While there are several good points about this like the increase in employee contributions and prohibiting non-governmental organizations, the bad outweighs the good.  The worst item in the bill is the ability to sue the state to force contributions.  This is just a disaster waiting to happen and allows the Springfield politicians to continue to blame others instead of being held accountable for their own failures to fix the looming pension crisis, which this bill does not fix. At best this bill maintains a status quo on pensions and at worst (more likely) this will make the crisis worse in just a few short years.

*More analysis coming soon.

The final vote was 62 (Yes) – 51 (No) – 2 (Present) with Republicans voting in favor of this atrocity and protecting Speaker Madigan and Democrats in the process. To make it easy for reference, the Republicans who voted to protect Madigan and the Democrats they protected are listed below as well.

Republicans
Voting Yes (22)
Democrats
Protected
Voting No (25)
Bellock, Patti
Cross, Tom
Demmer, Tom
Durkin, Jim
Halbrook, Brad
Hatcher, David
Hays, Chad
Ives, Jeanne
Kay, Dwight
Kosel, Renee
Leitch, David
McSweeney, David
Morrison, Tom
Osmond, JoAnn
Roth, Pam
Sandack, Ron
Schmitz, Tim
Senger, Darlene
Sosnowski, Joe
Sullivan, Ed
Tracy, Jil
Wheeler, Barb
Beiser, Dan
Cassidy, Kelly
Chapa LaVia, Linda
Cloonen, Kate
Costello, Jerry
D’Amico, John
Davis, Will
DeLuca, Anthony
Fine, Laura
Ford, LaShawn
Hoffman, Jay
Jackson, Eddie
Lang, Lou
Martwick, Rob
Mautino, Frank
Mayfield, Rita
Rita, Robert
Scherer, Sue
Sims, Elgie
Smiddy, Mike
Thapedi, Andre
Verschoore, Patrick
Walsh, Lawrence
Welch, Chris
Williams, Ann

HA1Vote

 

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About Lennie Jarratt

Small Business Owner, Education Watchdog, FOIA expert, Founder of For Our Children's Future

Comments

  1. The fraud on the taxpayers continues at epic levels by this latest scam. This Pension Plan needs to be totally restructured and reformed not adjusted at the margins. There should never be a guaranteed 85% of your highest salary annual payout that just does not happen in the real World and especially not on any investment in the market and Hedge funds unless all the downside risk is incurred by the taxpayers to cover all downsides and the associated time value of money losses. Add to this the 40% inflated final salary in all the Public Sector Labor Agreements and the 50% over compensation at the base functional levels and this scam is nothing but outright fraud on the taxpayers. A basic investment calculation at the highest levels of annual contribution 18.4% of salary here, invested in a conservative plan maximizing return and protecting capital with a 30 year working time frame the payout could not exceed $44K annually. That is nowhere near the $100K plus these people are getting plus exorbitant COLAs. This latest reform scam shows the corruption and criminals at work here something that is common practice in the Mafia run Russian Government operations.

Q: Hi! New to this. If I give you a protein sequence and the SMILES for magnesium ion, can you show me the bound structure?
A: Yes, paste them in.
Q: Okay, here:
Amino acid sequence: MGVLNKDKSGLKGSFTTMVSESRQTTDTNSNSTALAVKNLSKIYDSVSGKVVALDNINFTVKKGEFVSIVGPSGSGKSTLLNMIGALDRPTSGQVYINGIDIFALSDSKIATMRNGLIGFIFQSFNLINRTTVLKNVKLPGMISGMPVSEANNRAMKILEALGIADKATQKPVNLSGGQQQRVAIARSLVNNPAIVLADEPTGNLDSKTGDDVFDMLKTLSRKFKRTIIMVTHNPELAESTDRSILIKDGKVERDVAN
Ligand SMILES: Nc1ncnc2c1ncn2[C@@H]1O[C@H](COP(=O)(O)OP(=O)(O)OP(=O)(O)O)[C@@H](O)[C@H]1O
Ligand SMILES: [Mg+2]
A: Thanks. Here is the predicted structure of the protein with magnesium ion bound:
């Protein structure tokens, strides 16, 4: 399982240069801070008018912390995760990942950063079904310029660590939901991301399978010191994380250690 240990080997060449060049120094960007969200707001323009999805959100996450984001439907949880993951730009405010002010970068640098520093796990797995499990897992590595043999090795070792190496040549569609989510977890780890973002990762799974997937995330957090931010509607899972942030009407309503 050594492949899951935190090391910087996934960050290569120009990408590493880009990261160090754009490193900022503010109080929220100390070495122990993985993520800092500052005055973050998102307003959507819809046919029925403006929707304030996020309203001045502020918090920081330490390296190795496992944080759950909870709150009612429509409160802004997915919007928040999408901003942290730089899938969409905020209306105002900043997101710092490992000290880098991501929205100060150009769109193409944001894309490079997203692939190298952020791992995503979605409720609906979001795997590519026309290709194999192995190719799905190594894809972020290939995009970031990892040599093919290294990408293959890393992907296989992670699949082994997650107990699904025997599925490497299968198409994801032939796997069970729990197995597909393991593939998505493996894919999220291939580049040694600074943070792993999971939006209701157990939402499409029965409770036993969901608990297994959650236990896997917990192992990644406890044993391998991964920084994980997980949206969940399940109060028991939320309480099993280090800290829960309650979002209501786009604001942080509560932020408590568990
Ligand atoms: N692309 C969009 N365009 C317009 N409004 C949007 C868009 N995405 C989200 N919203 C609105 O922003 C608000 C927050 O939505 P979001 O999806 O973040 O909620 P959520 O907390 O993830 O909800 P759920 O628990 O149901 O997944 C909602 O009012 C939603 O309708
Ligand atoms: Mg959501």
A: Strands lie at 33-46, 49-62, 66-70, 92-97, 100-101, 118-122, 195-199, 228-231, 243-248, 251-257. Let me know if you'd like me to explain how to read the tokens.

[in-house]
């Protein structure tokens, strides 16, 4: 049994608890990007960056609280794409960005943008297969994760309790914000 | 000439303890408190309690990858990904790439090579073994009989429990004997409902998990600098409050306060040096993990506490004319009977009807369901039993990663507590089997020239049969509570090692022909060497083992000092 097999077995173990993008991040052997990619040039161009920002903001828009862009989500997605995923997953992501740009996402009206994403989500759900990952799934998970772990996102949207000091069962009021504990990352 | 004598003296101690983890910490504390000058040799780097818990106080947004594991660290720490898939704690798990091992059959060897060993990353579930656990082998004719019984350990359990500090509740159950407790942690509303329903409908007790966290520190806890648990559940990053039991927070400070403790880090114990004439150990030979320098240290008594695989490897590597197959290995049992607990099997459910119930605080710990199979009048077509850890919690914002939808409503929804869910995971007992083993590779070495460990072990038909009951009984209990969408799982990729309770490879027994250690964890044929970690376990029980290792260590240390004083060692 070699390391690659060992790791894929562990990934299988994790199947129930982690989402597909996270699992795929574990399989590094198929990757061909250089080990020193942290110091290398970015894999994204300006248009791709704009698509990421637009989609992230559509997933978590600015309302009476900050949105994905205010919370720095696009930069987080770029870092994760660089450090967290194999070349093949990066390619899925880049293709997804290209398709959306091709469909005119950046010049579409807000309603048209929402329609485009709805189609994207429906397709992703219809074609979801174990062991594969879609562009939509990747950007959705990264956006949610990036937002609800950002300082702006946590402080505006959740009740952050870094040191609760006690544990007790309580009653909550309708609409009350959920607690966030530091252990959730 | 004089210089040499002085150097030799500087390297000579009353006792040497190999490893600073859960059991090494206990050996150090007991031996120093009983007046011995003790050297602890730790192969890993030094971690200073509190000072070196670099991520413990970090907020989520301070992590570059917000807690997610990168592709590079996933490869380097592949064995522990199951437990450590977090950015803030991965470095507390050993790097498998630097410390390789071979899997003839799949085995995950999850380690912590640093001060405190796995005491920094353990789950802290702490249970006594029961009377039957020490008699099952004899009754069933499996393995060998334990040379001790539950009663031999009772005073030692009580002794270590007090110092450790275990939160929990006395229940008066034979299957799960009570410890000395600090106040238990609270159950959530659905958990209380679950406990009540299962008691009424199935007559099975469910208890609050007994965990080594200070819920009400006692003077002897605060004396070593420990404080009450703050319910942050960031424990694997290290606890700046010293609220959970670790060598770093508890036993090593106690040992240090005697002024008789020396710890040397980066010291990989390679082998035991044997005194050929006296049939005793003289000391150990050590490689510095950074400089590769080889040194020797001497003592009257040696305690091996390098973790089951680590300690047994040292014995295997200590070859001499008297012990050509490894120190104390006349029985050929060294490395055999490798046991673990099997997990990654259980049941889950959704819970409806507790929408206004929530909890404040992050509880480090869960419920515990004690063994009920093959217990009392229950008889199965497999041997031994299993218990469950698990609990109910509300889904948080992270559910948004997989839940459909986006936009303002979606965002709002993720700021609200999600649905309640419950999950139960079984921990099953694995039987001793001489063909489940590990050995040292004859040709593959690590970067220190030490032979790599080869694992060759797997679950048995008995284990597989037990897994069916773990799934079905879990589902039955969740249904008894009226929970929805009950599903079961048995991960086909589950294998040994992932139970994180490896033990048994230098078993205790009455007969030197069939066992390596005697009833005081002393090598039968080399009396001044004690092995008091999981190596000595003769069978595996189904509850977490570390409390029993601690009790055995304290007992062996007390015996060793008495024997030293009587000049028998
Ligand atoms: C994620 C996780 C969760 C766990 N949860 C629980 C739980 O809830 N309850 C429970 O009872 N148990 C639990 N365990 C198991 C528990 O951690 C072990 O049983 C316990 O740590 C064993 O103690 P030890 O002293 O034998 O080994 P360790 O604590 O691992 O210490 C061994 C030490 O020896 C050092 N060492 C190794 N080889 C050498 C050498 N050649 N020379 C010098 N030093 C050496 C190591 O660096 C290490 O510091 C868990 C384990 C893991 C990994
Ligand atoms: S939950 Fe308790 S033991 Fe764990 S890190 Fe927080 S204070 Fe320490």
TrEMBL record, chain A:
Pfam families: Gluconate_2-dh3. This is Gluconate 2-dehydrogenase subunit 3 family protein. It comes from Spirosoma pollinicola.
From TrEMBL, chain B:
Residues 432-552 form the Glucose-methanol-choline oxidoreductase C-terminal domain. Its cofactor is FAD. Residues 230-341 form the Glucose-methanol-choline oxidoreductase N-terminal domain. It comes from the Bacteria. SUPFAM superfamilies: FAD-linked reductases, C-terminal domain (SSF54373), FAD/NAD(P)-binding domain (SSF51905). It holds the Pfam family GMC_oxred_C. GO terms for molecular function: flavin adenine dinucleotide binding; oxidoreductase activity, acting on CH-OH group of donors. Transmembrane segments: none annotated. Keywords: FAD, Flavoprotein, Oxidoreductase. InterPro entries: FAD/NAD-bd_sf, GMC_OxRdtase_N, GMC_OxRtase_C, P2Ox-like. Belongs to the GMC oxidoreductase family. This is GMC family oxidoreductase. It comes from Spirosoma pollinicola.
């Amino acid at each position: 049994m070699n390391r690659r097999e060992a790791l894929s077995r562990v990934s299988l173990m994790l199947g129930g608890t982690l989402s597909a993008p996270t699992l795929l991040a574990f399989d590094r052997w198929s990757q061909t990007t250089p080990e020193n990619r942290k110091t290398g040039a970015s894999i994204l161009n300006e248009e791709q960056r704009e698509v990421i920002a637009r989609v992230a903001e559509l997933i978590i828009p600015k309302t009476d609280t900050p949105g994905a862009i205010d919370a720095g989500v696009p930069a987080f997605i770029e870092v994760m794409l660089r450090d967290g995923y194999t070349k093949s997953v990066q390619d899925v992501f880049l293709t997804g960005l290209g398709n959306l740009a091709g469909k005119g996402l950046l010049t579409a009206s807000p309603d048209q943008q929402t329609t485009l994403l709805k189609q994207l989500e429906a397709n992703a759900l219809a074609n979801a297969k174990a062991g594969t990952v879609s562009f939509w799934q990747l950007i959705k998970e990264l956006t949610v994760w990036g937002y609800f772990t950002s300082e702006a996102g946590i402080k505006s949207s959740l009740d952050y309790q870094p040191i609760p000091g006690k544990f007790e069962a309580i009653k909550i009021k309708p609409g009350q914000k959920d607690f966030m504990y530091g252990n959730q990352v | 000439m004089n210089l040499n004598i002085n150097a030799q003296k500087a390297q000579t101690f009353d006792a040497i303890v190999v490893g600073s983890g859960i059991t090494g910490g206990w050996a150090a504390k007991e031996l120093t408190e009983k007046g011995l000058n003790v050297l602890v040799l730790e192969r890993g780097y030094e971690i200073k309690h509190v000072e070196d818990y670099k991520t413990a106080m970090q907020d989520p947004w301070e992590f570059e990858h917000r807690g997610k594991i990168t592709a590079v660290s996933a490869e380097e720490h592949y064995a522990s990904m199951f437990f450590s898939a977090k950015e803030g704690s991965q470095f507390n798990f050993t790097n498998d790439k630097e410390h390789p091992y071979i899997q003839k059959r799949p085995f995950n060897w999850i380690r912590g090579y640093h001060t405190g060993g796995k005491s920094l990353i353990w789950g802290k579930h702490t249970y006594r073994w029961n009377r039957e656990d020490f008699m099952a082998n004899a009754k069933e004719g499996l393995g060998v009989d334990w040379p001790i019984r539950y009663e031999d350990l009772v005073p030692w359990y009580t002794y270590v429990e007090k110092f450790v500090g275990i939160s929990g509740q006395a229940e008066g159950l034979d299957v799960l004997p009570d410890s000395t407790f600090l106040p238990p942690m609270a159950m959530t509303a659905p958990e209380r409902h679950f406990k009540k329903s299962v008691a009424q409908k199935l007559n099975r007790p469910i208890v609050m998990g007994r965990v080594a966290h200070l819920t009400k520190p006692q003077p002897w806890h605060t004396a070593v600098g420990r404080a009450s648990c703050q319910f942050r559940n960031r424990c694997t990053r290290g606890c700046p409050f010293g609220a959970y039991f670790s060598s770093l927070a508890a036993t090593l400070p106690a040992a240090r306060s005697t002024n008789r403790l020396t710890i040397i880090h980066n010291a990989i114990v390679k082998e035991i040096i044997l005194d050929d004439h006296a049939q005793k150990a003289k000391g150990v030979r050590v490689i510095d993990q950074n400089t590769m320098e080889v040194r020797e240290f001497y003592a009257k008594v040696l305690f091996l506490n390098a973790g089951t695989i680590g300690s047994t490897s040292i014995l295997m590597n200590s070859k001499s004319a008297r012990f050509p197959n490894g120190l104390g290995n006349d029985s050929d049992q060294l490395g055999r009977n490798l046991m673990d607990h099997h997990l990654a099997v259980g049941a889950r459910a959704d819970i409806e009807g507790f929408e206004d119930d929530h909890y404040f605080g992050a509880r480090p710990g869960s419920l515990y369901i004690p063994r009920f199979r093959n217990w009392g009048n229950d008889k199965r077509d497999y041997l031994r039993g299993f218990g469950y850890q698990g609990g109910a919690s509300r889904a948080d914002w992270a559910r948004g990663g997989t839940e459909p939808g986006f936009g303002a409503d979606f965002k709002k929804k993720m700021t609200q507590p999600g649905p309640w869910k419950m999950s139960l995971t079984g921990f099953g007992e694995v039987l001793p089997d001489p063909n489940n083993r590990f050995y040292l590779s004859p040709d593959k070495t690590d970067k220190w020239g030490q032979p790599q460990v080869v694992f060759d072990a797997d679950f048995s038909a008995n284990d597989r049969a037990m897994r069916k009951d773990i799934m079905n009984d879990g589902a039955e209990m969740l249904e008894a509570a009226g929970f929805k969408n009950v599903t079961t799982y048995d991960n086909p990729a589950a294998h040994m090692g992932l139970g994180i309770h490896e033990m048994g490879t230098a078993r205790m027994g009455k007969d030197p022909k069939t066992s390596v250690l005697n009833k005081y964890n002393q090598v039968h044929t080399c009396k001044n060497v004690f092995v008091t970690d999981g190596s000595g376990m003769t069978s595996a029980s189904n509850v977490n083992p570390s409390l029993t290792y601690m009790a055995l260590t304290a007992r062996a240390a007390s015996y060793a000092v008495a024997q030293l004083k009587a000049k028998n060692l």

Trackbacks

  1. […] Bill SB2404 continues to contain a pension guarantee, just as Madigan’s SB1 allowing the unions to take the state to court to force payments. However it still does not fix the […]

  2. […] are many on both sides of the aisle complaining about the failure to pass pension reform. Both the Madigan plan and the Union Backed Cullerton plan made the pension crisis worse and did not solve the long term […]